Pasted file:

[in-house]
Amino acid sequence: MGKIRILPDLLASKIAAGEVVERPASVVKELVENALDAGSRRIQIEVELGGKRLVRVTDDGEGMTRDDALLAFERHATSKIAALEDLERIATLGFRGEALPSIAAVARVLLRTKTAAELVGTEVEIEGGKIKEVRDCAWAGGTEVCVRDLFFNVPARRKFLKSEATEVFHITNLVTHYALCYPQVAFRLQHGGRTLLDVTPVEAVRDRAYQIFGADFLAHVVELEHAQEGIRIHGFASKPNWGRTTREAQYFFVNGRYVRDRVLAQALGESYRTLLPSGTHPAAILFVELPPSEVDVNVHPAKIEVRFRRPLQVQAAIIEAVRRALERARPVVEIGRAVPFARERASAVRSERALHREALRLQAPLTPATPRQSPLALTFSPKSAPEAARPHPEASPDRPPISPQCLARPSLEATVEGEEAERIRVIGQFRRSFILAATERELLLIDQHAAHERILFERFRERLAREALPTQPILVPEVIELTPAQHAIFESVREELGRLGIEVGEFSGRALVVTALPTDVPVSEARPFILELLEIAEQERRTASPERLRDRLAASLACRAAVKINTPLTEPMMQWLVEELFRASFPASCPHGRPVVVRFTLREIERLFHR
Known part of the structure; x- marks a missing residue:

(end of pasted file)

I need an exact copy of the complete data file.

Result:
[in-house]
Amino acid sequence: MGKIRILPDLLASKIAAGEVVERPASVVKELVENALDAGSRRIQIEVELGGKRLVRVTDDGEGMTRDDALLAFERHATSKIAALEDLERIATLGFRGEALPSIAAVARVLLRTKTAAELVGTEVEIEGGKIKEVRDCAWAGGTEVCVRDLFFNVPARRKFLKSEATEVFHITNLVTHYALCYPQVAFRLQHGGRTLLDVTPVEAVRDRAYQIFGADFLAHVVELEHAQEGIRIHGFASKPNWGRTTREAQYFFVNGRYVRDRVLAQALGESYRTLLPSGTHPAAILFVELPPSEVDVNVHPAKIEVRFRRPLQVQAAIIEAVRRALERARPVVEIGRAVPFARERASAVRSERALHREALRLQAPLTPATPRQSPLALTFSPKSAPEAARPHPEASPDRPPISPQCLARPSLEATVEGEEAERIRVIGQFRRSFILAATERELLLIDQHAAHERILFERFRERLAREALPTQPILVPEVIELTPAQHAIFESVREELGRLGIEVGEFSGRALVVTALPTDVPVSEARPFILELLEIAEQERRTASPERLRDRLAASLACRAAVKINTPLTEPMMQWLVEELFRASFPASCPHGRPVVVRFTLREIERLFHR
Known part of the structure; x- marks a missing residue: